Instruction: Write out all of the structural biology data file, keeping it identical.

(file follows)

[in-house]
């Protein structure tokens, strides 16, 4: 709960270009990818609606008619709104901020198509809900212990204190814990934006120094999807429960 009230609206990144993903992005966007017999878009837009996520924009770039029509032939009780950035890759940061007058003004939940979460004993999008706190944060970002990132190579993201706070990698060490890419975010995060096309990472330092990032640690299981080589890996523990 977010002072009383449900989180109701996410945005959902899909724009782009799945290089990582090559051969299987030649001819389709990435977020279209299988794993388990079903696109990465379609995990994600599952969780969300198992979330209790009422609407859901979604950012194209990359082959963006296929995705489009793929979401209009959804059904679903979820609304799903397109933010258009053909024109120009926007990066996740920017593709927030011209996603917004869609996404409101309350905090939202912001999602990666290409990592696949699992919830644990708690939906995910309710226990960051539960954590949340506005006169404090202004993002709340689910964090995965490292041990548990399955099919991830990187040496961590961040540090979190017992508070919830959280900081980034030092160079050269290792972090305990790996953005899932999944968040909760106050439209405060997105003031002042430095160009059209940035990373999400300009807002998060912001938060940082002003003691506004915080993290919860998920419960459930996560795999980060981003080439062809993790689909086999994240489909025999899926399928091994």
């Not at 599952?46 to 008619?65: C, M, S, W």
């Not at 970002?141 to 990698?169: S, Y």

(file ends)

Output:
[in-house]
């Protein structure tokens, strides 16, 4: 709960270009990818609606008619709104901020198509809900212990204190814990934006120094999807429960 009230609206990144993903992005966007017999878009837009996520924009770039029509032939009780950035890759940061007058003004939940979460004993999008706190944060970002990132190579993201706070990698060490890419975010995060096309990472330092990032640690299981080589890996523990 977010002072009383449900989180109701996410945005959902899909724009782009799945290089990582090559051969299987030649001819389709990435977020279209299988794993388990079903696109990465379609995990994600599952969780969300198992979330209790009422609407859901979604950012194209990359082959963006296929995705489009793929979401209009959804059904679903979820609304799903397109933010258009053909024109120009926007990066996740920017593709927030011209996603917004869609996404409101309350905090939202912001999602990666290409990592696949699992919830644990708690939906995910309710226990960051539960954590949340506005006169404090202004993002709340689910964090995965490292041990548990399955099919991830990187040496961590961040540090979190017992508070919830959280900081980034030092160079050269290792972090305990790996953005899932999944968040909760106050439209405060997105003031002042430095160009059209940035990373999400300009807002998060912001938060940082002003003691506004915080993290919860998920419960459930996560795999980060981003080439062809993790689909086999994240489909025999899926399928091994």
């Not at 599952?46 to 008619?65: C, M, S, W």
């Not at 970002?141 to 990698?169: S, Y």